In order to obtain improved shelf-life and reduced fogging, stabilizers and antifoggants may be incorporated into the thermographic materials of the present invention. Examples of suitable stabilizers and antifoggants and their precursors, which can be used alone or in combination, include the thiazolium salts described in U.S. Pat. No. 2,131,038 and 2,694,716; the azaindenes described in U.S. Pat. No. 2,886,437 and 2,444,605: the urazoles described in U.S. Pat. No. 3,287,135; the sulfocatechols described in U.S. Pat. No. 3,235,652; the oximes described in GB-P 623,448; the thiuronium salts described in U.S. Pat. No. 3,220,839; the palladium, platinum and gold salts described in U.S. Pat. No. 2,566,263 and 2,597,915; the tetrazolyl-thio-compounds described in U.S. Pat. No. 3,700,457; the 1,2,4-triazole compounds described in GB-P 1,547,326; the mesoionic 1,2,4-triazolium-3-thiolate stablizer precursors described in U.S. Pat. No. 4,404,390 and 4,351,896: the tribromomethyl ketone compounds described in EP-A 600 587; the combination of isocyanate and halogenated compounds described in EP-A 600 586; the vinyl sulfone and 5-halo sulfone compounds described in EP-A 600 589; and those compounds mentioned in this context in Chapter 9 of "Imaging Processes and Materials, Neblette's 8th edition", by D. Kloosterboer, edited by J. Sturge, V. Walworth and A. Shepp, page 279, Van Nostrand (1989): in Research Disclosure 17029 published in June 1978; and in the references cited in all these documents.
Thermographic and photothermographic materials according to the present invention may contain one or more toning agents. The toning agents should be in thermal working relationship with the substantially light-insensitive organic heavy metal salts and reducing agents during thermal processing. Any known toning agent from thermography or photothermography may be used.
Suitable toning agents are the phthalimides and phthalazinones within the scope of the general formulae described in U.S. Pat. No. 4,082,901 and the toning agents described in U.S. Pat. No. 3,074,809, U.S. Pat. No. 3,446,648 and U.S. Pat. No. 3,844,797. Particularly useful toning agents are the heterocyclic toner compounds of the benzoxazine dione or naphthoxazine dione type within the scope of following general formula are described in GB-P 1,439,478 and U.S. Pat. No. 3,951,660, in particular benzo[e][1,3]oxazine-2,4-dione.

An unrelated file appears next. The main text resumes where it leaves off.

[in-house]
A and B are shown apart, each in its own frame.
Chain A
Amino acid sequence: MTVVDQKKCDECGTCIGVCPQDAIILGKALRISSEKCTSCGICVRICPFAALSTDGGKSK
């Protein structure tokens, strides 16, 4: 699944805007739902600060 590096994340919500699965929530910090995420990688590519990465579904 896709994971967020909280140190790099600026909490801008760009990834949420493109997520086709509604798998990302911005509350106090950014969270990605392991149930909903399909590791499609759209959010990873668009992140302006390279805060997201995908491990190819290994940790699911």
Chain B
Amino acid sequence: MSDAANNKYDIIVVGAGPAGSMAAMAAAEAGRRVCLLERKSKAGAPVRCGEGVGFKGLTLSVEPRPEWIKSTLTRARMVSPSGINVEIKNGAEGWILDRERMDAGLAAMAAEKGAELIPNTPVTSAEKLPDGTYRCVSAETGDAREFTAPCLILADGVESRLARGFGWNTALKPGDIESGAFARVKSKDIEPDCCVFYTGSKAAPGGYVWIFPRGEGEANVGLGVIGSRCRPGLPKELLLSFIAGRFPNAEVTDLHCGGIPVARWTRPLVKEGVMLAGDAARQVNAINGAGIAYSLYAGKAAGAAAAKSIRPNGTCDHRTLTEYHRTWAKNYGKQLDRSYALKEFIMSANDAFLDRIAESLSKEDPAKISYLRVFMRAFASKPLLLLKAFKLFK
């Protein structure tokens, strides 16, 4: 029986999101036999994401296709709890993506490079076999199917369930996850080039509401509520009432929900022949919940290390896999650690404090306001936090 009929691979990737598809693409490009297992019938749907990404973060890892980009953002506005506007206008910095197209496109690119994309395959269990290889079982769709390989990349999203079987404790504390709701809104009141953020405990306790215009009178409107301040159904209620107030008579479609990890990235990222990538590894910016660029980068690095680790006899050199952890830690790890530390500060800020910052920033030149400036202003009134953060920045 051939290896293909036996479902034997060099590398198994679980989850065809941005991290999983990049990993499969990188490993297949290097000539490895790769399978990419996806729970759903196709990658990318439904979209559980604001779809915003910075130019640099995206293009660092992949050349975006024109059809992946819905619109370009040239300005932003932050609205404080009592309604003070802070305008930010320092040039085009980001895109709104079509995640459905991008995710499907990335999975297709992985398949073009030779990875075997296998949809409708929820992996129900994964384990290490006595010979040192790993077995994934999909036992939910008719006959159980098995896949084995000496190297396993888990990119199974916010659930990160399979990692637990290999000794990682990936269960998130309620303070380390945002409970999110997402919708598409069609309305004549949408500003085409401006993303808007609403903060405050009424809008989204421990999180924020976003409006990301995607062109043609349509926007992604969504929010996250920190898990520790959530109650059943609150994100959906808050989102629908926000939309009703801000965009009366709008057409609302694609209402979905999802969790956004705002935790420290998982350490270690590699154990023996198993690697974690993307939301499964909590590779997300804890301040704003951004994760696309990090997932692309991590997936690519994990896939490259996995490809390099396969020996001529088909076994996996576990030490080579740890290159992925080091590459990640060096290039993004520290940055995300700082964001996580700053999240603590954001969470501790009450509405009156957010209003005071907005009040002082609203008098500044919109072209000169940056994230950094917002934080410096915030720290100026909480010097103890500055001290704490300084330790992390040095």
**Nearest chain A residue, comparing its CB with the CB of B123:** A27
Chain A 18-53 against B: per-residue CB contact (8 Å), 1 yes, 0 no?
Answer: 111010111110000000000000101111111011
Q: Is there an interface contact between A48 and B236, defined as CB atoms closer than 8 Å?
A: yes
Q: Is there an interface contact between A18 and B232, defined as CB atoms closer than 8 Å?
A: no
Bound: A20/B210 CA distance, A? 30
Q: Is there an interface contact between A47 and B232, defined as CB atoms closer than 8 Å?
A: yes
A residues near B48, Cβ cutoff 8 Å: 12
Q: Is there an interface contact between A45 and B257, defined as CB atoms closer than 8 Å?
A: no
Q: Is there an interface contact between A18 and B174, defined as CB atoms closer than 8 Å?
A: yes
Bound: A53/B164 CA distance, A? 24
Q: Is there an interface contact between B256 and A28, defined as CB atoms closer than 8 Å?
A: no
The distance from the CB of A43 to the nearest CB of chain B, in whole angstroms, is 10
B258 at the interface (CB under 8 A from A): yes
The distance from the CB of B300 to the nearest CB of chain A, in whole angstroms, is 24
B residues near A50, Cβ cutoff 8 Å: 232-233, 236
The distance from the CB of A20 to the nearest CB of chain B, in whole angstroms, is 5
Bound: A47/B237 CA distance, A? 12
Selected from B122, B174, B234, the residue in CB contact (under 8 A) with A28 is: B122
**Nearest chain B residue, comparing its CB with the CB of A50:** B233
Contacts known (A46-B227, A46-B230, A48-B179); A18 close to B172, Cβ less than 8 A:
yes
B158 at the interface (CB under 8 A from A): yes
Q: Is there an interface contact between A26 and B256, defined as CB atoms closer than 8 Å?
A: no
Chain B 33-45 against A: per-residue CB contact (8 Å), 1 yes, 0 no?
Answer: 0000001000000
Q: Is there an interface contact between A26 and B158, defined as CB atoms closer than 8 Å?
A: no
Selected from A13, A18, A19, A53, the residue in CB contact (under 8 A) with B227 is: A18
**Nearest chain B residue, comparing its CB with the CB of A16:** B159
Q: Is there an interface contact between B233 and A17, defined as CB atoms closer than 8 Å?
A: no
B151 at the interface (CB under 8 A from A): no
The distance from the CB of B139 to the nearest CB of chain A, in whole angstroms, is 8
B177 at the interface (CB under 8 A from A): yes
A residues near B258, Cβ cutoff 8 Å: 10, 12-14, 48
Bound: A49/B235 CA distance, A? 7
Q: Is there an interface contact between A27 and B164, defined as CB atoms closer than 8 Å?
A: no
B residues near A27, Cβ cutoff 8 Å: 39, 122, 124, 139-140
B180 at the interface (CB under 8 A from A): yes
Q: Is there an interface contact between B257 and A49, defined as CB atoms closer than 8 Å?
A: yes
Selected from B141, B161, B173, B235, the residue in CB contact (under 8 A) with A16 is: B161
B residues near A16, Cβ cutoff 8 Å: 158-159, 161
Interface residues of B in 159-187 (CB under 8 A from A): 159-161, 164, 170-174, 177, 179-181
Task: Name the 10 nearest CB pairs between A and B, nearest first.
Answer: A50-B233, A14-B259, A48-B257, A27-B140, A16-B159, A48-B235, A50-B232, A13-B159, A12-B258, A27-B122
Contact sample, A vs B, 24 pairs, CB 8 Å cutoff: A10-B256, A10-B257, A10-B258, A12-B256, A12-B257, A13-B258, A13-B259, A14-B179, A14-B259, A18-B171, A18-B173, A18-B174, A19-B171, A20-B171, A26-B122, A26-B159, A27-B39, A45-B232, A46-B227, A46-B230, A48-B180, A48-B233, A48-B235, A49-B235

In addition to these ingredients the recording layer may also contain other additives such as free fatty acids, surface-active agents, antistatic agents, e.g. non-ionic antistatic agents including a fluorocarbon group, e.g. F3 C(CF2)6 CONH(CH2 CH2 O)--H; silicone oil, e.g. BAYSILONE™ O1 A (BAYER AG); ultraviolet light absorbing compounds and/or silica.
The support for the thermographic material according to the present invention may be transparent, translucent or opaque and is preferably a flexible carrier made e.g. from paper, polyethylene coated paper, metal, e.g. aluminium, an aluminum alloy, the aluminum content of which is at least 95%, or transparent resin film, e.g. made of a cellulose ester, e.g. cellulose triacetate, polypropylene. polycarbonate or polyester, e.g. polyethylene terephthalate. The support may be in sheet, ribbon or web form and subbed if needs be to improve the adherence to the thereon coated thermosensitive layer or made hydrophilic to provide a hydrophilic surface. The support may be made of an opacified resin composition, e.g. is made of opacified polyethylene terephthalate by means of pigments and/or micro-voids and/or is coated with an opaque pigment-binder layer, and may be called synthetic paper, or paperlike film; information about such supports can be found in EP's 194 106 and 234 563 and U.S. Pat. Nos. 3,944,699, 4,187,113, 4,780,402 and 5,059,579.
The preparation of aluminum or aluminum alloy foils with a hydrophilic surface, according to the present invention, comprises the following steps: graining, anodizing, and optionally sealing the foil. The electrochemical graining process is preferred because it can form a uniform surface roughness having a large average surface area with a very fine and even grain.